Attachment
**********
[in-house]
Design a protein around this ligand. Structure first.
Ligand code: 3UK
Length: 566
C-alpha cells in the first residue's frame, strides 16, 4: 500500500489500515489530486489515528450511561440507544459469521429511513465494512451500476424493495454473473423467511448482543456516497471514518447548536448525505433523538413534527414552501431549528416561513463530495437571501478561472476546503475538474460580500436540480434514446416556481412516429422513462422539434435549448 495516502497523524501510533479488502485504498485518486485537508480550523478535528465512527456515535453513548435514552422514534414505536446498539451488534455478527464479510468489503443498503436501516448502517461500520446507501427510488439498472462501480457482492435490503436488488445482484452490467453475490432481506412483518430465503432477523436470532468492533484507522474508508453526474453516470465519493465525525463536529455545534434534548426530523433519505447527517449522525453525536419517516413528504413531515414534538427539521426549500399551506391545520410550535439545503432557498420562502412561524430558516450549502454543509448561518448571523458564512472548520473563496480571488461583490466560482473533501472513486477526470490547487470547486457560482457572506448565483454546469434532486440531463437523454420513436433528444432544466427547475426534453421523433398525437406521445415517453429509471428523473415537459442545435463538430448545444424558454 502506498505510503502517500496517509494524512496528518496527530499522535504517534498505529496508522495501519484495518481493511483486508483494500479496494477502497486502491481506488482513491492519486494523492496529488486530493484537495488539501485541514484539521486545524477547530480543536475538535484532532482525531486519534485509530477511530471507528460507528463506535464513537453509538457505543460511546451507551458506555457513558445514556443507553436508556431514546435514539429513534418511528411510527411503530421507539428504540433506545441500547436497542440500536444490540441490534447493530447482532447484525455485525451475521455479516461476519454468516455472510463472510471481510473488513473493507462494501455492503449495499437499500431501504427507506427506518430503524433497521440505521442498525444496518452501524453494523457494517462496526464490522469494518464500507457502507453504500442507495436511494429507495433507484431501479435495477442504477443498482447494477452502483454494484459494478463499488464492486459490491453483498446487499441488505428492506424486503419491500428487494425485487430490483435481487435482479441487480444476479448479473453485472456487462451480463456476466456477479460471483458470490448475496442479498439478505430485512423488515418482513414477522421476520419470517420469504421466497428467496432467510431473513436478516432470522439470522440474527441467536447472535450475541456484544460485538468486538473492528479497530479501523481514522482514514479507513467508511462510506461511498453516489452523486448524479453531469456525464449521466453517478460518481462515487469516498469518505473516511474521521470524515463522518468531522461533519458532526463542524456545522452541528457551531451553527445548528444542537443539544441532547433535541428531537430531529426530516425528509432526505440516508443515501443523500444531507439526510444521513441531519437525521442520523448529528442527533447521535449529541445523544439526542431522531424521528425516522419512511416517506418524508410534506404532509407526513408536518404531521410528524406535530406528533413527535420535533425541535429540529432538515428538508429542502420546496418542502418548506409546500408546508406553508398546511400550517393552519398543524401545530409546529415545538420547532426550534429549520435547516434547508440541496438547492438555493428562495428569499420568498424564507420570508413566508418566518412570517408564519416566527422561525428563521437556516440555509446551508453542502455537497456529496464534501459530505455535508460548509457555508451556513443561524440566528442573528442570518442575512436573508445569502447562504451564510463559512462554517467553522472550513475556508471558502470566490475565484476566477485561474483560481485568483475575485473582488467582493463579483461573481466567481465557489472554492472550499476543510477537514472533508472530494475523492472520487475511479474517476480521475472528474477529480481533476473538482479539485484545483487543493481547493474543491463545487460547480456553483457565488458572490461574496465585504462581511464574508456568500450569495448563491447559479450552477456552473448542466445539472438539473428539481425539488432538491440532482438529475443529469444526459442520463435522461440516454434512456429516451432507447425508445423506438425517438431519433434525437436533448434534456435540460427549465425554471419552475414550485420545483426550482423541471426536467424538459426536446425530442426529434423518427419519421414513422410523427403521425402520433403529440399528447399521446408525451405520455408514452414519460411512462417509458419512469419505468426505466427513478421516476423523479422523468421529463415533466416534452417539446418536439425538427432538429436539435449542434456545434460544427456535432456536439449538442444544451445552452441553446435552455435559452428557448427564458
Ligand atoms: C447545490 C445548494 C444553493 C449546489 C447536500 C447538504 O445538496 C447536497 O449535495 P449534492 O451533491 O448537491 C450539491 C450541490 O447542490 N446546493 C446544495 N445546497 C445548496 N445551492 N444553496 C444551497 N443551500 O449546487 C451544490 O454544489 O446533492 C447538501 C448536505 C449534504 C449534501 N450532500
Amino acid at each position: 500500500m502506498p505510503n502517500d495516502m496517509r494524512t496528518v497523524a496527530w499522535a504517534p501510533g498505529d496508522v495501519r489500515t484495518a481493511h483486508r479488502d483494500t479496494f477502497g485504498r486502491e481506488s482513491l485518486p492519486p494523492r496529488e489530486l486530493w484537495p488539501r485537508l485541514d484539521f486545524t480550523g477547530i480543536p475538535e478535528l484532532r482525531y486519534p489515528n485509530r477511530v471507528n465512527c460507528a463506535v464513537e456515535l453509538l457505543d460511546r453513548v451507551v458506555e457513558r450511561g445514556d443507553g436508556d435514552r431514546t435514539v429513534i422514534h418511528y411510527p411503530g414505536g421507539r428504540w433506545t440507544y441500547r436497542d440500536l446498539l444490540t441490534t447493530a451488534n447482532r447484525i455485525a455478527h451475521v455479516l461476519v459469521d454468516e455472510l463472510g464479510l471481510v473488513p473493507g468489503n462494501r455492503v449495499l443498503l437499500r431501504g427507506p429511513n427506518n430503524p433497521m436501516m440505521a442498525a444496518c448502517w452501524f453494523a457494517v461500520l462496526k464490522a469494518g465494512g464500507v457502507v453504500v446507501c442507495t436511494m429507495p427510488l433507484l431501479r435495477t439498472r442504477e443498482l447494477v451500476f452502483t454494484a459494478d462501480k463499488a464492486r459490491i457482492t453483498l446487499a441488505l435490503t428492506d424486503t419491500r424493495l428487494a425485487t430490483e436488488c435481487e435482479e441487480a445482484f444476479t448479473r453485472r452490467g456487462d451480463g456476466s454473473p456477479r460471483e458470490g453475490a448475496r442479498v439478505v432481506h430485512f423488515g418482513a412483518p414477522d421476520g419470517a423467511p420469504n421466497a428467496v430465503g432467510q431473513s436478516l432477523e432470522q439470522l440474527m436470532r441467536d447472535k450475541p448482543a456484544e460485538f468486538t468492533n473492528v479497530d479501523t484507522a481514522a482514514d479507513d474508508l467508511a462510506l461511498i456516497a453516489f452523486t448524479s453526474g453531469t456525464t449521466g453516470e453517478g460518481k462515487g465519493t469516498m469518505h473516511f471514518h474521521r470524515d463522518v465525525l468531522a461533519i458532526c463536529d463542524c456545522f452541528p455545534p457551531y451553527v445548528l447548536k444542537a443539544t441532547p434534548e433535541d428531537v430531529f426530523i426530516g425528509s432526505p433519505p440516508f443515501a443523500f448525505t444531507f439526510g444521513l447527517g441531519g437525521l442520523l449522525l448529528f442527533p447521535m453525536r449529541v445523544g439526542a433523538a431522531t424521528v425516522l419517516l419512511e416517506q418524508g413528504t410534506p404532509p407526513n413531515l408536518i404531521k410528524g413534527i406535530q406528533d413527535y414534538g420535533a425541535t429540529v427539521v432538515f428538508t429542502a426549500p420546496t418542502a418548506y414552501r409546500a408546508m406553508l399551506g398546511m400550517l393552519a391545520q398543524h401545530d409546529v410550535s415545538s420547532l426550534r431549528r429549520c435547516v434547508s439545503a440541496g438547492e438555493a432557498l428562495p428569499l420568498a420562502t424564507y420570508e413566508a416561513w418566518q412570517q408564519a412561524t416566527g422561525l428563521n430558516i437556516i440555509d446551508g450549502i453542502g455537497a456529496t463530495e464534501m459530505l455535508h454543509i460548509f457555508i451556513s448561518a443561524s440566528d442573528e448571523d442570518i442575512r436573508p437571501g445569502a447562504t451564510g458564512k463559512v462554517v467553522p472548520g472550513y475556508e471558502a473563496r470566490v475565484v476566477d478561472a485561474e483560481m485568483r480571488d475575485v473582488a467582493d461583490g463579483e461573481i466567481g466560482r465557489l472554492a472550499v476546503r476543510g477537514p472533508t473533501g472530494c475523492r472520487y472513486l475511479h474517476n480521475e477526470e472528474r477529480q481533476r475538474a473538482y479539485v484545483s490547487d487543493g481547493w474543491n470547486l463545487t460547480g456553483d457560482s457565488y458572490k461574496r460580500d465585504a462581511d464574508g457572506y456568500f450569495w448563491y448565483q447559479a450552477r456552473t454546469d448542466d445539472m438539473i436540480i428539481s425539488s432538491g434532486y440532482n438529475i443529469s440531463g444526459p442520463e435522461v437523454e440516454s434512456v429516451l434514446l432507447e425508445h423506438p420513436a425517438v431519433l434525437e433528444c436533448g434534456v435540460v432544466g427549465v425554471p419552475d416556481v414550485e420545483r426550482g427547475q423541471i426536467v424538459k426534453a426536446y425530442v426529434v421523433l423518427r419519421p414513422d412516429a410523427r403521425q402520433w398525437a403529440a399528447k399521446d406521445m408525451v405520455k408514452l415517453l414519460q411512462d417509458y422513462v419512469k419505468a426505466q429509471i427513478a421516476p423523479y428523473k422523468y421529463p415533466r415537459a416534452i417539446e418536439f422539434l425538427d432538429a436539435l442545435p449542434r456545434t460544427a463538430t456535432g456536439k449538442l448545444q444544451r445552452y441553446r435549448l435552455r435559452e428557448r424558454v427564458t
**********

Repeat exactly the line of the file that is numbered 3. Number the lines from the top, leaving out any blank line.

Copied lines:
Ligand code: 3UK